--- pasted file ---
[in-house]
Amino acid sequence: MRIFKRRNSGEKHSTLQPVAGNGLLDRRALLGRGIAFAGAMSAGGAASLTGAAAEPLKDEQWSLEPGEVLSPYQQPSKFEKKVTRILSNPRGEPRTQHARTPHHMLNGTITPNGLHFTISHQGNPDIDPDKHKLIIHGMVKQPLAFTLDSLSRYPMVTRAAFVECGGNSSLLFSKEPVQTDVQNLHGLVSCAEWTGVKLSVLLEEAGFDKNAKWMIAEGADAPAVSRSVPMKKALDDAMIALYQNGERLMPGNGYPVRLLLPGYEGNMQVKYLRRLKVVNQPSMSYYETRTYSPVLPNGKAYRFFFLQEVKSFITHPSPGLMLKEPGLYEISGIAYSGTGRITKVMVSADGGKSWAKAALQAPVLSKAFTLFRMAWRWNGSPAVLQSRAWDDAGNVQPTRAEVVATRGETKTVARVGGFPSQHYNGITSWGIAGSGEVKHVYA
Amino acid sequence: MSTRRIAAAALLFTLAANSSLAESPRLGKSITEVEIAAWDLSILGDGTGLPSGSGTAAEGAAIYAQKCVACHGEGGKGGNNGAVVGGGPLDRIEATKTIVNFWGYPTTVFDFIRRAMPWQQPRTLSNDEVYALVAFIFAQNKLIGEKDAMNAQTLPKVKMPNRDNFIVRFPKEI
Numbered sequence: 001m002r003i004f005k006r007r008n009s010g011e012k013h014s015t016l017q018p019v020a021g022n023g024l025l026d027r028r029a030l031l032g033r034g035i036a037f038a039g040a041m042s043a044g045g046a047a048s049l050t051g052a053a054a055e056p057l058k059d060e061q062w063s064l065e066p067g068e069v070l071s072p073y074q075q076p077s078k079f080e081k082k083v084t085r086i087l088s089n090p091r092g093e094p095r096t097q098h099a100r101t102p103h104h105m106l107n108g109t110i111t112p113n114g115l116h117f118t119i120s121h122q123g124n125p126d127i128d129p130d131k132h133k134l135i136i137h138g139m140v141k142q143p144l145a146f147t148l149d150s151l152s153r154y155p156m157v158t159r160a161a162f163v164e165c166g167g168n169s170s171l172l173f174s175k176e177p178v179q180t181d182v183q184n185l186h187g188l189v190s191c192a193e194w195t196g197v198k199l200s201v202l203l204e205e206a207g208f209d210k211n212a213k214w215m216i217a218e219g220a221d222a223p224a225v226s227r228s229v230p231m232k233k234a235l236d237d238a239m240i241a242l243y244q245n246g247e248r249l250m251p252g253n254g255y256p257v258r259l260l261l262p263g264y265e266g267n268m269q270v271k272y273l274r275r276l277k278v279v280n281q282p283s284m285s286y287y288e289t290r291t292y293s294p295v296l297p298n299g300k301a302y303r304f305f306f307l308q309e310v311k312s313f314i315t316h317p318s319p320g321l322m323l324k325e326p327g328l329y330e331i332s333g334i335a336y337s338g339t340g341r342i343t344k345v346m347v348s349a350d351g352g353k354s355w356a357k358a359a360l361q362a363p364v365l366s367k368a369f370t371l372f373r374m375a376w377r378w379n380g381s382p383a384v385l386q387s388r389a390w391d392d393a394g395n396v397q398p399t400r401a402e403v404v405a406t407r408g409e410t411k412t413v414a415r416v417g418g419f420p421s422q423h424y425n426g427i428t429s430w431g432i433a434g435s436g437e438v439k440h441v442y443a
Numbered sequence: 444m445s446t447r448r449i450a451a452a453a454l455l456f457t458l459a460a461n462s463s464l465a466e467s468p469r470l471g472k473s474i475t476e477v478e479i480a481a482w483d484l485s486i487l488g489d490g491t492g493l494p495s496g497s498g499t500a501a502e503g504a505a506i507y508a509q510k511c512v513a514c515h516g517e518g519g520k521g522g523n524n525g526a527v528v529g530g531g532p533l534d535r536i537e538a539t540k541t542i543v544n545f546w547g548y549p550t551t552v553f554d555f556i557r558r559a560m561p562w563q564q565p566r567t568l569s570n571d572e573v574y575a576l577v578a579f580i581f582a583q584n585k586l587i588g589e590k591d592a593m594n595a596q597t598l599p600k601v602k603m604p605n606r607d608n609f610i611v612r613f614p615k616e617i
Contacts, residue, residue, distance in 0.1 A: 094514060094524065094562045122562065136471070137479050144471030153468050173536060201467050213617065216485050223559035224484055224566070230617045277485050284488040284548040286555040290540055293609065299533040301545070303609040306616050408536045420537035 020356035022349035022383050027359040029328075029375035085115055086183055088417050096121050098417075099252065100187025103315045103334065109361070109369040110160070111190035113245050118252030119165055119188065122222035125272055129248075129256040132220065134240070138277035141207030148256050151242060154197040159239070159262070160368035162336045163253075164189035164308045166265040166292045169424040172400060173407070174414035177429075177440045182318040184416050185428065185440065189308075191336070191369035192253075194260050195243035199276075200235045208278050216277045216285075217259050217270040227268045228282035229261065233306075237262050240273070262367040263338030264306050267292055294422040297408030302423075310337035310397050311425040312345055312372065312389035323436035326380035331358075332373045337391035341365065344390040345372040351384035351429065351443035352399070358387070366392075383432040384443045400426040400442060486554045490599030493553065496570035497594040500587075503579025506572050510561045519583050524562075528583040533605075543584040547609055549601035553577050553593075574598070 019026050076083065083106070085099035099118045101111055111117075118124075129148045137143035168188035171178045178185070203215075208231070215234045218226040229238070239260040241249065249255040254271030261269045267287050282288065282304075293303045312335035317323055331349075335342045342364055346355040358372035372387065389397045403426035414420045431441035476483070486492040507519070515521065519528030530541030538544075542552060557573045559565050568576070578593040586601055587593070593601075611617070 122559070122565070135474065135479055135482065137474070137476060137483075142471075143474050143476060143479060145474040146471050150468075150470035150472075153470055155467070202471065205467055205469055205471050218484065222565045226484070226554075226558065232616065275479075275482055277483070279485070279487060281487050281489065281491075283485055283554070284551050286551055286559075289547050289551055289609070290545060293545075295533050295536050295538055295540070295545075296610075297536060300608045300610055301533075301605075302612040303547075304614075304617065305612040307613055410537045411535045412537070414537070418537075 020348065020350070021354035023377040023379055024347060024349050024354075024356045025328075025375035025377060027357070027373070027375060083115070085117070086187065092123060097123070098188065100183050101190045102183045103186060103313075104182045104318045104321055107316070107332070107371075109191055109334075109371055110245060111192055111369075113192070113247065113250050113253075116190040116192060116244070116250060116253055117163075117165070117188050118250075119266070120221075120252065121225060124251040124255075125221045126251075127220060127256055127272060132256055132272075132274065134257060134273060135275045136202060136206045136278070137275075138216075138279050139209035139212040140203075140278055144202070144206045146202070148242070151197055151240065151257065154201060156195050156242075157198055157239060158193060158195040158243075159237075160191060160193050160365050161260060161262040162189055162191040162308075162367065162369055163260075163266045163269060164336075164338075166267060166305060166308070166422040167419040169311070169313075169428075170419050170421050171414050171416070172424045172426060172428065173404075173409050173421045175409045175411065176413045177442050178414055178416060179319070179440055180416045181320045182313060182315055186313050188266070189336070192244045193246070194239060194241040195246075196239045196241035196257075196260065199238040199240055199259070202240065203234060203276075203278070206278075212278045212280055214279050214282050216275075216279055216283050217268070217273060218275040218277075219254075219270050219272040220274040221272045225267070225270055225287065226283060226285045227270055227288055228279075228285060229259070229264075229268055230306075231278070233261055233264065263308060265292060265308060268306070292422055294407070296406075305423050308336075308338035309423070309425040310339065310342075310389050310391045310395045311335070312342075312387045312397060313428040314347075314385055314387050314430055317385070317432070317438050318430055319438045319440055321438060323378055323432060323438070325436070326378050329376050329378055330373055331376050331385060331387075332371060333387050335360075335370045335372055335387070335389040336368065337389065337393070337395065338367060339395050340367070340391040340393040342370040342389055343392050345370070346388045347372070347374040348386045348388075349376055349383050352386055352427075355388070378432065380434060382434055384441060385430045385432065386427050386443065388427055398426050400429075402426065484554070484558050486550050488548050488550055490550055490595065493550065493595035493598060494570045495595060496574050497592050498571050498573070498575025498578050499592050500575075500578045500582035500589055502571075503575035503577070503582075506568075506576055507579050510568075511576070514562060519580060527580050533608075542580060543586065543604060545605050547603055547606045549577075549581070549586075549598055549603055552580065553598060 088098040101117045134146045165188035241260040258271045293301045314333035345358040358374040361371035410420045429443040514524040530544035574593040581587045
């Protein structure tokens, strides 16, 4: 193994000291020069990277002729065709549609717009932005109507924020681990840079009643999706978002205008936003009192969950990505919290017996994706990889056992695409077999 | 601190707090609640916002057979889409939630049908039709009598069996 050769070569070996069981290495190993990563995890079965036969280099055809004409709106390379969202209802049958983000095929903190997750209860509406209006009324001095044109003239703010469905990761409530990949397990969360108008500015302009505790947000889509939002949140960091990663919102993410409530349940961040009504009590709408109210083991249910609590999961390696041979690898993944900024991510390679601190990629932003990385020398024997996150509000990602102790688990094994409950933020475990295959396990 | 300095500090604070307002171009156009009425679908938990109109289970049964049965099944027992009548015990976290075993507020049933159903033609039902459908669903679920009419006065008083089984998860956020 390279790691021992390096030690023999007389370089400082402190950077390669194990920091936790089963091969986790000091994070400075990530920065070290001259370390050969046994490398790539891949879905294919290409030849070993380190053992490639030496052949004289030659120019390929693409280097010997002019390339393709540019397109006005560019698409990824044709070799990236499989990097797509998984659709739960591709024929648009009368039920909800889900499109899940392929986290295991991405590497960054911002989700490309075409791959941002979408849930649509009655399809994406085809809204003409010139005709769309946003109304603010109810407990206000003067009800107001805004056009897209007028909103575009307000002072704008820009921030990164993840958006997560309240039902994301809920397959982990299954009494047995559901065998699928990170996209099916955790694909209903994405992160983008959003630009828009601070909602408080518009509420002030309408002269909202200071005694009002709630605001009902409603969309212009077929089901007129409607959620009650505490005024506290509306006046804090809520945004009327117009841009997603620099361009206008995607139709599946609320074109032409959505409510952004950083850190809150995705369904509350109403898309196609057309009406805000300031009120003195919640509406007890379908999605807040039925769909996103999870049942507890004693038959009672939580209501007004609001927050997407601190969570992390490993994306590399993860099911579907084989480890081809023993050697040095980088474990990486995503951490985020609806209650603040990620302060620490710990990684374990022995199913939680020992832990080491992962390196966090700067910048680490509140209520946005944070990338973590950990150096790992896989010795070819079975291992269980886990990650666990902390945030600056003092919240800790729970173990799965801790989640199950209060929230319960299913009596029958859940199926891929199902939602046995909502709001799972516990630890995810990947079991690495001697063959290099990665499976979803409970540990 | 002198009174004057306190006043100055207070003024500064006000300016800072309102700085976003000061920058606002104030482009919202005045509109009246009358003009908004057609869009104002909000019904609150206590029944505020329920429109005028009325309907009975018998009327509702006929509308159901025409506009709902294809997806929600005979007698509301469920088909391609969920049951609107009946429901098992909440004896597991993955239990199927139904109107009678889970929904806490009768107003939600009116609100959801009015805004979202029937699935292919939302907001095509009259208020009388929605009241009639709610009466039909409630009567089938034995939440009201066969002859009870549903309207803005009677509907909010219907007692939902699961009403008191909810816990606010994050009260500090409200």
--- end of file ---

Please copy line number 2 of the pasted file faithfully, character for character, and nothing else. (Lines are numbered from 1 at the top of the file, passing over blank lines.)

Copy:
Amino acid sequence: MRIFKRRNSGEKHSTLQPVAGNGLLDRRALLGRGIAFAGAMSAGGAASLTGAAAEPLKDEQWSLEPGEVLSPYQQPSKFEKKVTRILSNPRGEPRTQHARTPHHMLNGTITPNGLHFTISHQGNPDIDPDKHKLIIHGMVKQPLAFTLDSLSRYPMVTRAAFVECGGNSSLLFSKEPVQTDVQNLHGLVSCAEWTGVKLSVLLEEAGFDKNAKWMIAEGADAPAVSRSVPMKKALDDAMIALYQNGERLMPGNGYPVRLLLPGYEGNMQVKYLRRLKVVNQPSMSYYETRTYSPVLPNGKAYRFFFLQEVKSFITHPSPGLMLKEPGLYEISGIAYSGTGRITKVMVSADGGKSWAKAALQAPVLSKAFTLFRMAWRWNGSPAVLQSRAWDDAGNVQPTRAEVVATRGETKTVARVGGFPSQHYNGITSWGIAGSGEVKHVYA